6. Once you’ve stopped writing, put a topic note next to the date at the top of the entry, as this will help you find the entry again if you want to use something from it.
  7. Repeat steps 1-6, perhaps increasing the time to 10 or 15 minutes.


Before you return to your normal daily life, take a few moments to write down what you feel you gained from spending some time in retreat with your writing. Plan to reward yourself in some small way for honoring your writing self. A couple of my favorite rewards are a hot bath or a latte, but you will know whatโ€™s the best reward for you.

So, whenโ€™s your next writing retreat?

I have a couple of spots still open for my One-Day Writing Retreat this Saturday, September 20, 2014, at the Radisson Hotel in Nashua, NH. Please click here for more information and to register. I’d love to see you there!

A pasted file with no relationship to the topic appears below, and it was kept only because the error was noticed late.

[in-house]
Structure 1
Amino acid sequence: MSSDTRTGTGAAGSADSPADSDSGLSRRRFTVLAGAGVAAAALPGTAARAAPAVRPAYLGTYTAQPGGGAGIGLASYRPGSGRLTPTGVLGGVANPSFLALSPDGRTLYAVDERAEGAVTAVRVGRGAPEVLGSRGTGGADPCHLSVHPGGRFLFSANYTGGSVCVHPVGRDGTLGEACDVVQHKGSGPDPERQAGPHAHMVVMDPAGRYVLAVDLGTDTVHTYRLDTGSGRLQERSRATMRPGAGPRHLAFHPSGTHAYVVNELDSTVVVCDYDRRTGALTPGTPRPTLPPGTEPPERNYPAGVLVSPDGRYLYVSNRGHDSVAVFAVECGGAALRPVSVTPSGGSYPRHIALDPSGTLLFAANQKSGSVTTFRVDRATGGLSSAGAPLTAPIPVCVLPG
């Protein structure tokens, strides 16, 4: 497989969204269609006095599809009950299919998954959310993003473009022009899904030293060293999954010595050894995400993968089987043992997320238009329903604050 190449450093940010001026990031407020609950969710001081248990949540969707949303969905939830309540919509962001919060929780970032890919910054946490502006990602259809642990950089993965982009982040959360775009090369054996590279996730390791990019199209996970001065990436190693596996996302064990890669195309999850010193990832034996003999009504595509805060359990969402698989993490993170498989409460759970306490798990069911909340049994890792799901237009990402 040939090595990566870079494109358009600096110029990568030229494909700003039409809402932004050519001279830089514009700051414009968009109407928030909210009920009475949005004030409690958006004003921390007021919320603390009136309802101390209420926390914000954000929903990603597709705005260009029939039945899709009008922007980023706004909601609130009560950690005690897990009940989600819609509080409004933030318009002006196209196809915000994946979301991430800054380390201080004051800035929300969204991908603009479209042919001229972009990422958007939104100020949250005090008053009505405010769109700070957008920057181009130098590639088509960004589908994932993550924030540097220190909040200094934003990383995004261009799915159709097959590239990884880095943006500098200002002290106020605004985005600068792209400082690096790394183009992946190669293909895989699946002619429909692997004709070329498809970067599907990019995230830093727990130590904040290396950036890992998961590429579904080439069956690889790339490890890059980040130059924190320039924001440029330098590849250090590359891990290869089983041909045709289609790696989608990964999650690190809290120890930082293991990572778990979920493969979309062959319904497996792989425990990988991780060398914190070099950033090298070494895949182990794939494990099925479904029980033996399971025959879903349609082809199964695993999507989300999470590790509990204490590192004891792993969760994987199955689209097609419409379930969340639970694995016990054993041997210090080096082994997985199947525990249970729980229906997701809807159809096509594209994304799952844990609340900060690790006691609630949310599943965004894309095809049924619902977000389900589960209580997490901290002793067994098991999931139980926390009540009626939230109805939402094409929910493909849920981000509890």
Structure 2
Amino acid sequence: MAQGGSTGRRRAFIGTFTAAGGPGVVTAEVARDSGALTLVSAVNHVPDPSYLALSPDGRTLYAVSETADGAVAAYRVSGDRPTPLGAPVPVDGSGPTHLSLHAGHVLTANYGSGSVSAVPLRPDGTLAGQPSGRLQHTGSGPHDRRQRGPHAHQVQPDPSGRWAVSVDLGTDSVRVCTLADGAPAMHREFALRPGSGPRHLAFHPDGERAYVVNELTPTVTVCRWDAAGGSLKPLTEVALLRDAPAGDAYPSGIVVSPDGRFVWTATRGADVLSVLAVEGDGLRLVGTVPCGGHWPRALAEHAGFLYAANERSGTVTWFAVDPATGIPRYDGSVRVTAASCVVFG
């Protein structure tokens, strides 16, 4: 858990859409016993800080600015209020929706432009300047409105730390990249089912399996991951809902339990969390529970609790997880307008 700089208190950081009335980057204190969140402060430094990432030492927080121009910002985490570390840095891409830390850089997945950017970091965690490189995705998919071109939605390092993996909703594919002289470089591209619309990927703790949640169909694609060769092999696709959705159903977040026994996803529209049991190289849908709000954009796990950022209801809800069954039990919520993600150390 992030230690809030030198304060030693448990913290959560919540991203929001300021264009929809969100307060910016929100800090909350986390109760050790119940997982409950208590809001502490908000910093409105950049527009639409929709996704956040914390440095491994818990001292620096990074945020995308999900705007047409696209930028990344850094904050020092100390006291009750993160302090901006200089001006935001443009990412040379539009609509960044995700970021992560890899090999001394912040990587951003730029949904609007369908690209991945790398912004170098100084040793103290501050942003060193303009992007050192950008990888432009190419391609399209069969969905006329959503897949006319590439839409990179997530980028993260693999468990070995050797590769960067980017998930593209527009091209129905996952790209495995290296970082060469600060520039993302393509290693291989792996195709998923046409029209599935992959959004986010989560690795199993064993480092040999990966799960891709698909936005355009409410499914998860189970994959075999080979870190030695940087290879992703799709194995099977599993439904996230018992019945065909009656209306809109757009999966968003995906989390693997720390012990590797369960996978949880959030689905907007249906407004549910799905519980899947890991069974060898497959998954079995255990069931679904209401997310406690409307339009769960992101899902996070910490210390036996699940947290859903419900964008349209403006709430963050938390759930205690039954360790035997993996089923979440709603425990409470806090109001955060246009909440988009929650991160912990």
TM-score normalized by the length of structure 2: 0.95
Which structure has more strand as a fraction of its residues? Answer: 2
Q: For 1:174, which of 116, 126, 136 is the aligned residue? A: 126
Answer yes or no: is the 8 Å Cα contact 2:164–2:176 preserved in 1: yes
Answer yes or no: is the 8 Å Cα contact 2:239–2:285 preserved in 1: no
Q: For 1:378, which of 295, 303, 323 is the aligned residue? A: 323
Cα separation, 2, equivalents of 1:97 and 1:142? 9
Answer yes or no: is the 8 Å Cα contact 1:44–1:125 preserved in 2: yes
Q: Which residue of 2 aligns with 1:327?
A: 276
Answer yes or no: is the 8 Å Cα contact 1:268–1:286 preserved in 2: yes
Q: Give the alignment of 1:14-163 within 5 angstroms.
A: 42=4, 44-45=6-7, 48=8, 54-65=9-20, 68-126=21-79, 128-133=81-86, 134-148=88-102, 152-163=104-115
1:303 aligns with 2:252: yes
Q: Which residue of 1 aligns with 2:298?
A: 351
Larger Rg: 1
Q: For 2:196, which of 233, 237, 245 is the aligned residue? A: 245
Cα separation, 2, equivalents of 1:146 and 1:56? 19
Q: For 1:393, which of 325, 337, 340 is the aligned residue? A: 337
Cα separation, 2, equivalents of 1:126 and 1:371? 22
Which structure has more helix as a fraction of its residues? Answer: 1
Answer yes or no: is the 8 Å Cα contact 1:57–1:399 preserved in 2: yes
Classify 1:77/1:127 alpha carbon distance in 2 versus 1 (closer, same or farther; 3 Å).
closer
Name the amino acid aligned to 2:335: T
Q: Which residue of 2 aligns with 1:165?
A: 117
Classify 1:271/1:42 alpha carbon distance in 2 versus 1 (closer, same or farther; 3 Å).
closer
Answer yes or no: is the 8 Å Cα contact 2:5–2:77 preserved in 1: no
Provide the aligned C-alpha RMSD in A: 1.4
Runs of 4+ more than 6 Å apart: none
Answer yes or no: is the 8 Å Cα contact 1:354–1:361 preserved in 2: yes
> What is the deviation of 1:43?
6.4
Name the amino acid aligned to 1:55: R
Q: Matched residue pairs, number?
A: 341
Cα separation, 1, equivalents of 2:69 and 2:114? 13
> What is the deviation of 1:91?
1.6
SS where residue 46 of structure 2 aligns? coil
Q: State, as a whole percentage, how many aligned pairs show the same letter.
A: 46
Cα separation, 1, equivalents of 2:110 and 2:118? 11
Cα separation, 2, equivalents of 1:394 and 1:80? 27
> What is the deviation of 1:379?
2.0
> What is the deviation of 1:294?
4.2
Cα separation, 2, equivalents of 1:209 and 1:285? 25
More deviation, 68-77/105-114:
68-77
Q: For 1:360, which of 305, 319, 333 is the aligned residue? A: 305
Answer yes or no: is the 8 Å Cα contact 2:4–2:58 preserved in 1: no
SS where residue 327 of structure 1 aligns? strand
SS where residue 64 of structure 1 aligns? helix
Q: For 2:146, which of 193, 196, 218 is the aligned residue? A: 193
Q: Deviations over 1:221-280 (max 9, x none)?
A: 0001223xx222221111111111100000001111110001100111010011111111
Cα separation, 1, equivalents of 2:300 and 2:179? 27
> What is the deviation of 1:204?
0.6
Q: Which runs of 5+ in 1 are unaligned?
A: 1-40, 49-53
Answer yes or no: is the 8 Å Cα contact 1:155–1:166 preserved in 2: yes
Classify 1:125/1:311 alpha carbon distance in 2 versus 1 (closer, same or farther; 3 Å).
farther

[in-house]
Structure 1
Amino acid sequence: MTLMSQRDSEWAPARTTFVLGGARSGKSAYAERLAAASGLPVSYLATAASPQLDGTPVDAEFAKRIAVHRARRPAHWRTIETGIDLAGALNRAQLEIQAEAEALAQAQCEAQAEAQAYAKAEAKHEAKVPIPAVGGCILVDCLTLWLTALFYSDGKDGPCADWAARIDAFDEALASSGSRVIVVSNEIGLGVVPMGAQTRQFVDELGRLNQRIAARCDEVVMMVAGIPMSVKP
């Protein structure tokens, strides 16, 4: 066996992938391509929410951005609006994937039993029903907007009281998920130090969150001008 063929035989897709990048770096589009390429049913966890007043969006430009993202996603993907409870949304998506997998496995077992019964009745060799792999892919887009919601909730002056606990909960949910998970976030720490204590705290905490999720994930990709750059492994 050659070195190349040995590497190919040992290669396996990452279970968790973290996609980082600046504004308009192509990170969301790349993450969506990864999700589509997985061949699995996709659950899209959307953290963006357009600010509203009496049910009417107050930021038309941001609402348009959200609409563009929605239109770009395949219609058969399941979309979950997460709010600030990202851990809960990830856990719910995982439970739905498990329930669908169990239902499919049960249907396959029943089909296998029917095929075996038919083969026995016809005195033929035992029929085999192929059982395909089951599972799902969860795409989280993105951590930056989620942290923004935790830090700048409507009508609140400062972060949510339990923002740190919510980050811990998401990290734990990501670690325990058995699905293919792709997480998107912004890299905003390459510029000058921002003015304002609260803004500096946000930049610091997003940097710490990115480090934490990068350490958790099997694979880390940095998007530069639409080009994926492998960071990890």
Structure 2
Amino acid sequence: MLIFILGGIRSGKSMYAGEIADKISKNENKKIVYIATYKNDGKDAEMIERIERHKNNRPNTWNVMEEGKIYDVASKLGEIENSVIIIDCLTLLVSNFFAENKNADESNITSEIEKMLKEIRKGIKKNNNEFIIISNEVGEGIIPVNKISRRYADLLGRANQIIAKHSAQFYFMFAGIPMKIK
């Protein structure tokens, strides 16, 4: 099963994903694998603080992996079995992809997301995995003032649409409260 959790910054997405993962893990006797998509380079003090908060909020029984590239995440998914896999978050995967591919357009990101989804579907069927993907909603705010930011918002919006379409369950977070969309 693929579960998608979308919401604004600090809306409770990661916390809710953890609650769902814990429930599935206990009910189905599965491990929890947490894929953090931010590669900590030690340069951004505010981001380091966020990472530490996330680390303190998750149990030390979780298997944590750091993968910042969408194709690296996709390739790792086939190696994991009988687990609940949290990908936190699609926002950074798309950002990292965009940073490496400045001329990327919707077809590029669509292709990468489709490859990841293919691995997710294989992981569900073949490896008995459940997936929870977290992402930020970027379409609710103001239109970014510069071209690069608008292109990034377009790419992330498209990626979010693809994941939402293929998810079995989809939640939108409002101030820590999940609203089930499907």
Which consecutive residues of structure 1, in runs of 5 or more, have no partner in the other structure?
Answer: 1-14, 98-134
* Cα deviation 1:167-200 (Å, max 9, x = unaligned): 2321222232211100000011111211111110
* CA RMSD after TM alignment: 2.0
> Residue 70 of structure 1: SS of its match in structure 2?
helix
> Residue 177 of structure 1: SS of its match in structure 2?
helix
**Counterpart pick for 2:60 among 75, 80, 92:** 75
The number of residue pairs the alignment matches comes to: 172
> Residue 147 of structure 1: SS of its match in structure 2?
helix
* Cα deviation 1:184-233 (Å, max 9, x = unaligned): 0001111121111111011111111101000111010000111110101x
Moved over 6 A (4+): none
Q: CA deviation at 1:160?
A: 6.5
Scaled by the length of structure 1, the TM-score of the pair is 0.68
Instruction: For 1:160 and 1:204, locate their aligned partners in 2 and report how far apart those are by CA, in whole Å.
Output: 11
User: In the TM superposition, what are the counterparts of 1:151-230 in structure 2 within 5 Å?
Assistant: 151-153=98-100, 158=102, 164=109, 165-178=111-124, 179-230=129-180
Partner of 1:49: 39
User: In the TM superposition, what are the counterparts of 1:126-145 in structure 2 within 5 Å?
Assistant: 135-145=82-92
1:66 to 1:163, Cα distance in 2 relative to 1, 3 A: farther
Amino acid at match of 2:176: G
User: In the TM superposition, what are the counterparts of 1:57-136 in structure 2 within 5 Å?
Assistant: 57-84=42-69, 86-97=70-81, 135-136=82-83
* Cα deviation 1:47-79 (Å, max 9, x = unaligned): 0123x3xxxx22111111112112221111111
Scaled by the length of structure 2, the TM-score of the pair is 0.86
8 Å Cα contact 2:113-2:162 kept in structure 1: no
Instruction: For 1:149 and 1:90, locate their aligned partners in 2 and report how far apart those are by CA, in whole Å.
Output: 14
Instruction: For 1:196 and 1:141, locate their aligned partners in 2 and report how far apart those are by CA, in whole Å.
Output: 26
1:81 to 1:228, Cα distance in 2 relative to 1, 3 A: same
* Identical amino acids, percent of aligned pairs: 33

Diane MacKinnon, MD, Master Certified Life CoachDiane MacKinnon: is a writer, blogger, life coach, physician, mother, and stepmother. I’m getting my writing done little by little, with the occasional hours long stretch–it’s working for me, although I’m really looking forward to my writing retreat this Saturday because, while I’m hosting, I also get to do some writing. It’s a win-win! You can find my blog at


23 thoughts on “Hosting Your Own Private Writing Retreat

      • Exactly! Plan for early November or mid February. Heck plan a spring one. Getting the place, date, and interest is how you get the commitment. Another idea I gave is to plan a train writing retreat. Take a train trip for a week or long weekend and write write write. At dinner everyone brings something to read out loud.

    • Hi Dee,
      I wish you could join us, too! Until such time as you can, why not try out some of the suggestions in the post and do a writing retreat yourself, or maybe with a writing buddy? I think it could even work if you did it virtually, via email or on a conference call. There are so many possibilities!

      Thanks for reading and commenting!